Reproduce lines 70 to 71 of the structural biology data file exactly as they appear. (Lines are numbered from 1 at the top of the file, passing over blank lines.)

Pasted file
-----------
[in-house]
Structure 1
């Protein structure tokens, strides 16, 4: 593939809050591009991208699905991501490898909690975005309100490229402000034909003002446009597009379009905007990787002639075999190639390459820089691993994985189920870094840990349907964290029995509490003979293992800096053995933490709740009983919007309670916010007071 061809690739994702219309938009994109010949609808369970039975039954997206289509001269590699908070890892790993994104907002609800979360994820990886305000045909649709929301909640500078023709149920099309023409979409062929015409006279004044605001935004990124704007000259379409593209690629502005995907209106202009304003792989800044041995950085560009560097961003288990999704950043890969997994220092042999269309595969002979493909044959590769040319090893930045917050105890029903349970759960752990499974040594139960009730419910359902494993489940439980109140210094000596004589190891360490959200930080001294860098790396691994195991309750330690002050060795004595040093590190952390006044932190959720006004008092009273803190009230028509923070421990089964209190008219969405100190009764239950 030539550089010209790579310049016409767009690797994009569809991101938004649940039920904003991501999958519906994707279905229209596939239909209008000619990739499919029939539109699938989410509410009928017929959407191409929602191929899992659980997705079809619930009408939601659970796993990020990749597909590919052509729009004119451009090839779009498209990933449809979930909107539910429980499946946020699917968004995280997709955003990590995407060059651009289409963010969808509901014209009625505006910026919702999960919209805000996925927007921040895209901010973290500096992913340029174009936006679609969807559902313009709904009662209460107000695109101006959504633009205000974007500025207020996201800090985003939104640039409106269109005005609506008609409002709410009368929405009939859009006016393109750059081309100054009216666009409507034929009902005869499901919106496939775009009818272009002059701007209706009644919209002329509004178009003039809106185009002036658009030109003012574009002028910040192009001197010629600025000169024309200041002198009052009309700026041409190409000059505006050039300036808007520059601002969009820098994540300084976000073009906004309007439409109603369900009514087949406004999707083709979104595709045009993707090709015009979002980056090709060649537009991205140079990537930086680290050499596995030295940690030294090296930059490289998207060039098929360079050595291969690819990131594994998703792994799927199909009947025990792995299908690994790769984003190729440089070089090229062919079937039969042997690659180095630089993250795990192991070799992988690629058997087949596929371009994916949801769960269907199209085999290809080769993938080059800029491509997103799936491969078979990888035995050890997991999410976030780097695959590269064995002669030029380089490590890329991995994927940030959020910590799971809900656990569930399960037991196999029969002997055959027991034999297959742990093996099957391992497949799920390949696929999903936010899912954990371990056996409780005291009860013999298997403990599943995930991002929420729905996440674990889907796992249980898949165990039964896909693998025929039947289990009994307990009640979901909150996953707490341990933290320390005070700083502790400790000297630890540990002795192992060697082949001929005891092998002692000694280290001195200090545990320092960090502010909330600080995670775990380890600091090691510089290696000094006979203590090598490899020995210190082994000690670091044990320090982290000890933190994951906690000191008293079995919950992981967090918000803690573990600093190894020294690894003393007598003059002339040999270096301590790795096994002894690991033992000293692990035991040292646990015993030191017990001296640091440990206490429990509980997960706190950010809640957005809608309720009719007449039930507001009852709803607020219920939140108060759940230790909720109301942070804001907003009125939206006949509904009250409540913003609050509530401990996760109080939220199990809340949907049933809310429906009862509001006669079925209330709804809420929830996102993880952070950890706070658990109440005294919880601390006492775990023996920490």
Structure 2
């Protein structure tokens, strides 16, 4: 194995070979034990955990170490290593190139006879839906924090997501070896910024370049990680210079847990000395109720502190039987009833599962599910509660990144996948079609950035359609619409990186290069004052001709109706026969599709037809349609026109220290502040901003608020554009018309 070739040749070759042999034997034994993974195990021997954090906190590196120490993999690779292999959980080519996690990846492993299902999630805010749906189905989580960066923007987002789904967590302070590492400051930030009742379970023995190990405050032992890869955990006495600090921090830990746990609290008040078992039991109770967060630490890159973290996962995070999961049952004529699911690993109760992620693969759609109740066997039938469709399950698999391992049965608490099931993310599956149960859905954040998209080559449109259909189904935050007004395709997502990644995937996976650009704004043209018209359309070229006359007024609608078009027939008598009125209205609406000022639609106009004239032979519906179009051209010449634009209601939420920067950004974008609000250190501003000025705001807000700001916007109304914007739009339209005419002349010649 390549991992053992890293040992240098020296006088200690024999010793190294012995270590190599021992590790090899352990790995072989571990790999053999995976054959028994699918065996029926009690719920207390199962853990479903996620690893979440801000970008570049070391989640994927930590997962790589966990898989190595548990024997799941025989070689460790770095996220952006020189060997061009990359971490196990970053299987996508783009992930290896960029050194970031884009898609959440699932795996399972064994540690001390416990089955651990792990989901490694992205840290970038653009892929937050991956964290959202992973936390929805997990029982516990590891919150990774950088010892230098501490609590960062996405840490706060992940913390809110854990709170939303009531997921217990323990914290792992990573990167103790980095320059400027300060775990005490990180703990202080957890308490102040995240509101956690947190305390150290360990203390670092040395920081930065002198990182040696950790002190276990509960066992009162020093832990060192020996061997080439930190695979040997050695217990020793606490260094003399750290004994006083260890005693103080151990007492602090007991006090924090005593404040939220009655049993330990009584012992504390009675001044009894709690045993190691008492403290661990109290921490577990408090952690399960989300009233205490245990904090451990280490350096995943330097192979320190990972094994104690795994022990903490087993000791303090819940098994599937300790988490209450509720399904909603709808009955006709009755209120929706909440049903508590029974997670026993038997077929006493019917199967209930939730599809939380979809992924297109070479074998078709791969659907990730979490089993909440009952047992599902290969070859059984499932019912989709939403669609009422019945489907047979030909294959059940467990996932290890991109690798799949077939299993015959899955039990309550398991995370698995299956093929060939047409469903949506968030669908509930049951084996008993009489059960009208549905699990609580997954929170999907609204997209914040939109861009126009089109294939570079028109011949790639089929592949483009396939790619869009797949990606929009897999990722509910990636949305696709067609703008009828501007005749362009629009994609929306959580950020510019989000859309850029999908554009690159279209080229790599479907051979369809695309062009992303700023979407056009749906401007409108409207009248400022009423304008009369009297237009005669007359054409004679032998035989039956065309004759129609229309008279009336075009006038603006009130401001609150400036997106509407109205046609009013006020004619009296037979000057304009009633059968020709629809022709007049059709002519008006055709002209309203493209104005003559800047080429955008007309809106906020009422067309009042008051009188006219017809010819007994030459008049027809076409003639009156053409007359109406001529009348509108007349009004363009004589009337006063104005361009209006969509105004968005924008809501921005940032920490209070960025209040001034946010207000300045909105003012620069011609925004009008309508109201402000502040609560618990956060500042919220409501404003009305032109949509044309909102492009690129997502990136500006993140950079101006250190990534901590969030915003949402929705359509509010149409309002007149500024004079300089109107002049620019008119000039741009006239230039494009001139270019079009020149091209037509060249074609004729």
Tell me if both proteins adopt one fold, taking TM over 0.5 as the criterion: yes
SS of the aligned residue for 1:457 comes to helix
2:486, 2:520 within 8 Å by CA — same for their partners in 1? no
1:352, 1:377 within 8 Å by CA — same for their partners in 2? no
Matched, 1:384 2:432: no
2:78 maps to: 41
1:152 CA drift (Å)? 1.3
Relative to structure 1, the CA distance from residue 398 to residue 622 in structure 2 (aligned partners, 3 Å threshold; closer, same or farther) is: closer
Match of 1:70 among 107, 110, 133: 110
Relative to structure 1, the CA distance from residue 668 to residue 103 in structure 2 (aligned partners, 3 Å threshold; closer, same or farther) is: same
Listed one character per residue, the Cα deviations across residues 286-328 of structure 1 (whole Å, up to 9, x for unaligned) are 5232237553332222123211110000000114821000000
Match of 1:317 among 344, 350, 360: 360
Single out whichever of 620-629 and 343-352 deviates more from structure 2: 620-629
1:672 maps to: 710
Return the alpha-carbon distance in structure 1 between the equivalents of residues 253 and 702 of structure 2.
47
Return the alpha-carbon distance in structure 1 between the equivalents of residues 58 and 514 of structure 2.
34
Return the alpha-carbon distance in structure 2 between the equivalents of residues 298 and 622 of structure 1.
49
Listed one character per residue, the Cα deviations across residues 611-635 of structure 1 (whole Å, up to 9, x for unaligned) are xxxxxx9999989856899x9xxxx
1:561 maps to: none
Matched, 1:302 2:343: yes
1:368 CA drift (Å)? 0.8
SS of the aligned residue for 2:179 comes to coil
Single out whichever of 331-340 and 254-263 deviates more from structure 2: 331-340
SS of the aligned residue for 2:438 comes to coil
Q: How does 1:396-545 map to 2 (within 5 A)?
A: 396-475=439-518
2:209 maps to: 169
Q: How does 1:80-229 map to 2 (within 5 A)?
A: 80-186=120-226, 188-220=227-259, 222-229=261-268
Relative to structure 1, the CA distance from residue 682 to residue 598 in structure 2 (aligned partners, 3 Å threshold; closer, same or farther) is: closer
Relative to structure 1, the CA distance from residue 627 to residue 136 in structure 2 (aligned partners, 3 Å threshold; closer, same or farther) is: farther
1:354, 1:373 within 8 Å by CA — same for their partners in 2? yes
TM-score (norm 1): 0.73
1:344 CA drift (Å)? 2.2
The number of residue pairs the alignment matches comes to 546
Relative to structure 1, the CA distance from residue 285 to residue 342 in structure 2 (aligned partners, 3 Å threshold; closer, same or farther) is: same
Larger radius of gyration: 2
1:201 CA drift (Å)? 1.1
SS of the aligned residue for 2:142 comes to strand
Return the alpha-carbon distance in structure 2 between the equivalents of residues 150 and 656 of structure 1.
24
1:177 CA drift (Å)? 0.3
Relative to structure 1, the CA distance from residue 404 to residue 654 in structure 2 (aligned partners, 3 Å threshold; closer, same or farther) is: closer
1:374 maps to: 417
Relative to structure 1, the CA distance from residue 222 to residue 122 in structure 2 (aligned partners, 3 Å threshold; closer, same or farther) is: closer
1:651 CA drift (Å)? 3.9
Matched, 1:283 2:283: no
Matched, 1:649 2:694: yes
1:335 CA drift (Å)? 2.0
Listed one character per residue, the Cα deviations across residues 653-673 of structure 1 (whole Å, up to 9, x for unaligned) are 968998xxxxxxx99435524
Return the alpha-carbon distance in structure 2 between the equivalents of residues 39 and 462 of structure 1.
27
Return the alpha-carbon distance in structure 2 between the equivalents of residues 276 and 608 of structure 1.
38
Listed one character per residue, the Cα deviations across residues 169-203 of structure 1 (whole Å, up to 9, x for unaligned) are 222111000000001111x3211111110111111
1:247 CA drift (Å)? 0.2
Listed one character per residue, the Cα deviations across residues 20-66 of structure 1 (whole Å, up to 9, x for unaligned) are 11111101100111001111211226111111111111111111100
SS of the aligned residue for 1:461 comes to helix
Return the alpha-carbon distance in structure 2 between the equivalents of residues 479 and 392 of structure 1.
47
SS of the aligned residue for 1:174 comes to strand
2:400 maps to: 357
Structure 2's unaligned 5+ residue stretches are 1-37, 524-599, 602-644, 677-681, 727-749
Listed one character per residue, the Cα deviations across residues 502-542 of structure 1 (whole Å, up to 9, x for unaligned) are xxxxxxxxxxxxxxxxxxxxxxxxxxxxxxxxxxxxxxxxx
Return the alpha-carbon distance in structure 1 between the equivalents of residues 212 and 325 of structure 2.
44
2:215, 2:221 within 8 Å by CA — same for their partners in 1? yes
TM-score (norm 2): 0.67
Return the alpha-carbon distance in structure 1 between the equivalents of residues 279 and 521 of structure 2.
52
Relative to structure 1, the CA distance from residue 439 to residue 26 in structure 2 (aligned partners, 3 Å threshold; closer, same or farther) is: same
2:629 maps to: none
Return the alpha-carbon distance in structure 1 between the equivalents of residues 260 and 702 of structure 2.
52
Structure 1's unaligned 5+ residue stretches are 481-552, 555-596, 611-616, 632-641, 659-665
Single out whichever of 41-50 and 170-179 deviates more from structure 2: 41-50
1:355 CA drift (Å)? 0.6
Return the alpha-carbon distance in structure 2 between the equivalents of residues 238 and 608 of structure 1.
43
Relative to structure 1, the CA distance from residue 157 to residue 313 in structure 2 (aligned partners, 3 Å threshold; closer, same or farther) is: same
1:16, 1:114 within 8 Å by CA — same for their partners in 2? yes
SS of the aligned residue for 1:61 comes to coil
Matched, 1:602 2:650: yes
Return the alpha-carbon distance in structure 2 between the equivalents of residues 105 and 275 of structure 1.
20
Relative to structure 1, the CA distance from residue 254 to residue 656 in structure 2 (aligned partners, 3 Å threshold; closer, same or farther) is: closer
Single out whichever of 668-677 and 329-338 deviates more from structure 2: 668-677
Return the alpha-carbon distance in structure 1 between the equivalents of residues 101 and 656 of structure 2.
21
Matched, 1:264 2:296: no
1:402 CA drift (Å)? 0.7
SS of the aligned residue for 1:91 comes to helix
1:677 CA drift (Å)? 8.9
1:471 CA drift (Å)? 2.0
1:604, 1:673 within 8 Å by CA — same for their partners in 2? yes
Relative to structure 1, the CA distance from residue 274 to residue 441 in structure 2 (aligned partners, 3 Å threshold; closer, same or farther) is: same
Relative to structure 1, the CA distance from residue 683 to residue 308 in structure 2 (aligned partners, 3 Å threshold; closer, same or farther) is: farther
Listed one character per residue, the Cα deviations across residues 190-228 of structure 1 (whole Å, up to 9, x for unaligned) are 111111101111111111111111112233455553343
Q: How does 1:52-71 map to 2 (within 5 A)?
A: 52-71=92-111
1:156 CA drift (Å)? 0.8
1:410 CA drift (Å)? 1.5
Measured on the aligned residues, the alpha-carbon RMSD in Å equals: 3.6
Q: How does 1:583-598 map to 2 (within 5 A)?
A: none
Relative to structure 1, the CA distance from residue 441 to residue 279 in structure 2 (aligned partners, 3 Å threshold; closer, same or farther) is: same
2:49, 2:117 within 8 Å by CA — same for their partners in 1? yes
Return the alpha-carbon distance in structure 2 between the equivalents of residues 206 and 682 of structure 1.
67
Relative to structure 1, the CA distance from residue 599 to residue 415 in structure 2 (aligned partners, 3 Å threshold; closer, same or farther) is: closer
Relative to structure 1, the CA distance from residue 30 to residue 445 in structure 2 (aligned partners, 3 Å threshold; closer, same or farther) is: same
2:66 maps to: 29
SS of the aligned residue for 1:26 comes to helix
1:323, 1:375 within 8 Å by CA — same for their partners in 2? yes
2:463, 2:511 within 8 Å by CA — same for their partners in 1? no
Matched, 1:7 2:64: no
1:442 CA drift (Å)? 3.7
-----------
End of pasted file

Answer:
2:400 maps to: 357
Structure 2's unaligned 5+ residue stretches are 1-37, 524-599, 602-644, 677-681, 727-749